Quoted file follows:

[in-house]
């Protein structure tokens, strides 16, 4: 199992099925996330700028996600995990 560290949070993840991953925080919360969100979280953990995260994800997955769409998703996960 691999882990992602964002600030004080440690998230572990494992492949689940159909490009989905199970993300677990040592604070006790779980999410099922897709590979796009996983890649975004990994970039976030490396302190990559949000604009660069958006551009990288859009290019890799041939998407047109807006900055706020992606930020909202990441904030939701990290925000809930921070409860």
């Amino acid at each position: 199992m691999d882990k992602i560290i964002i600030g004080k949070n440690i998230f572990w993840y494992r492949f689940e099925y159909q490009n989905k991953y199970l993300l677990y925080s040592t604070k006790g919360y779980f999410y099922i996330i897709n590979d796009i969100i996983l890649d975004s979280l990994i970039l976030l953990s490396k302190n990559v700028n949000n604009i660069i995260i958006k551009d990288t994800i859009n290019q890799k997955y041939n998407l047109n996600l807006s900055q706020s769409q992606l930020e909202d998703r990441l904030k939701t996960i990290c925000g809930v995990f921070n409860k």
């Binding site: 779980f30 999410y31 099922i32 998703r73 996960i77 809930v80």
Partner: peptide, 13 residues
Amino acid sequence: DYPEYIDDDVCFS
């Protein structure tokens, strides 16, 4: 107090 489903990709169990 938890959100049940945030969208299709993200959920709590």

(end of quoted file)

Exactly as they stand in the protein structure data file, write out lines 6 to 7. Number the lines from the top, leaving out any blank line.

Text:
Amino acid sequence: DYPEYIDDDVCFS
């Protein structure tokens, strides 16, 4: 107090 489903990709169990 938890959100049940945030969208299709993200959920709590």